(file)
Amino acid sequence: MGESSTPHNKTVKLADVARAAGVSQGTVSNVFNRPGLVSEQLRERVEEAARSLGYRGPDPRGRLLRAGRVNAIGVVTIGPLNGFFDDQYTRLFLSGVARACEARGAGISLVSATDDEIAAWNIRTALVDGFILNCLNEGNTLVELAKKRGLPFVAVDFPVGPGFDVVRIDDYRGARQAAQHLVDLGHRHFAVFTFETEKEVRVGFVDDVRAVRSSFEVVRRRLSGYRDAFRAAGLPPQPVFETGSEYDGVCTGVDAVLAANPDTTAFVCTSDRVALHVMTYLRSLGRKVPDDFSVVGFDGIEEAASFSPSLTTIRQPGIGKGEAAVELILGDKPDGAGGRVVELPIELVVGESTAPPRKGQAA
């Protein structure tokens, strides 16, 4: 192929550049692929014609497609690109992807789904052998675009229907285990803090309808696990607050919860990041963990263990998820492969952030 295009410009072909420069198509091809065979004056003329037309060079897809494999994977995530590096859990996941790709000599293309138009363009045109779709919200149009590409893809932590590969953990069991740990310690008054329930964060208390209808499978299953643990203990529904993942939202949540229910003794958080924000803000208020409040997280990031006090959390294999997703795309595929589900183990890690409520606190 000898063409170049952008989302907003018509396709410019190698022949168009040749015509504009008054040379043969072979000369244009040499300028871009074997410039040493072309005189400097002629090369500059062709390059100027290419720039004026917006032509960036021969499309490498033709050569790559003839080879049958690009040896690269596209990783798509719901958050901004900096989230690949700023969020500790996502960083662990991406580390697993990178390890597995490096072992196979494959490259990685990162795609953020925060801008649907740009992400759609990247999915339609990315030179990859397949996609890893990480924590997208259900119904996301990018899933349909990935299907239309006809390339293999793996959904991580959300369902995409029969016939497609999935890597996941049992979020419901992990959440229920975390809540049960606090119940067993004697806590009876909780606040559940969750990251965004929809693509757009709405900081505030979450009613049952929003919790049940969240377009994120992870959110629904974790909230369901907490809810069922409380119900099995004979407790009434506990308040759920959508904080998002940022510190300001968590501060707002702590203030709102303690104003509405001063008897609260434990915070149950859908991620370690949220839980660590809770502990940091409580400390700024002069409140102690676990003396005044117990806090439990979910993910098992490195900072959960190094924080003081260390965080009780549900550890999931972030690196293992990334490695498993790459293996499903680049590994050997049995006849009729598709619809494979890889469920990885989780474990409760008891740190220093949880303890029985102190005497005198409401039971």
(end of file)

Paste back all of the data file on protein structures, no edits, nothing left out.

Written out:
Amino acid sequence: MGESSTPHNKTVKLADVARAAGVSQGTVSNVFNRPGLVSEQLRERVEEAARSLGYRGPDPRGRLLRAGRVNAIGVVTIGPLNGFFDDQYTRLFLSGVARACEARGAGISLVSATDDEIAAWNIRTALVDGFILNCLNEGNTLVELAKKRGLPFVAVDFPVGPGFDVVRIDDYRGARQAAQHLVDLGHRHFAVFTFETEKEVRVGFVDDVRAVRSSFEVVRRRLSGYRDAFRAAGLPPQPVFETGSEYDGVCTGVDAVLAANPDTTAFVCTSDRVALHVMTYLRSLGRKVPDDFSVVGFDGIEEAASFSPSLTTIRQPGIGKGEAAVELILGDKPDGAGGRVVELPIELVVGESTAPPRKGQAA
């Protein structure tokens, strides 16, 4: 192929550049692929014609497609690109992807789904052998675009229907285990803090309808696990607050919860990041963990263990998820492969952030 295009410009072909420069198509091809065979004056003329037309060079897809494999994977995530590096859990996941790709000599293309138009363009045109779709919200149009590409893809932590590969953990069991740990310690008054329930964060208390209808499978299953643990203990529904993942939202949540229910003794958080924000803000208020409040997280990031006090959390294999997703795309595929589900183990890690409520606190 000898063409170049952008989302907003018509396709410019190698022949168009040749015509504009008054040379043969072979000369244009040499300028871009074997410039040493072309005189400097002629090369500059062709390059100027290419720039004026917006032509960036021969499309490498033709050569790559003839080879049958690009040896690269596209990783798509719901958050901004900096989230690949700023969020500790996502960083662990991406580390697993990178390890597995490096072992196979494959490259990685990162795609953020925060801008649907740009992400759609990247999915339609990315030179990859397949996609890893990480924590997208259900119904996301990018899933349909990935299907239309006809390339293999793996959904991580959300369902995409029969016939497609999935890597996941049992979020419901992990959440229920975390809540049960606090119940067993004697806590009876909780606040559940969750990251965004929809693509757009709405900081505030979450009613049952929003919790049940969240377009994120992870959110629904974790909230369901907490809810069922409380119900099995004979407790009434506990308040759920959508904080998002940022510190300001968590501060707002702590203030709102303690104003509405001063008897609260434990915070149950859908991620370690949220839980660590809770502990940091409580400390700024002069409140102690676990003396005044117990806090439990979910993910098992490195900072959960190094924080003081260390965080009780549900550890999931972030690196293992990334490695498993790459293996499903680049590994050997049995006849009729598709619809494979890889469920990885989780474990409760008891740190220093949880303890029985102190005497005198409401039971």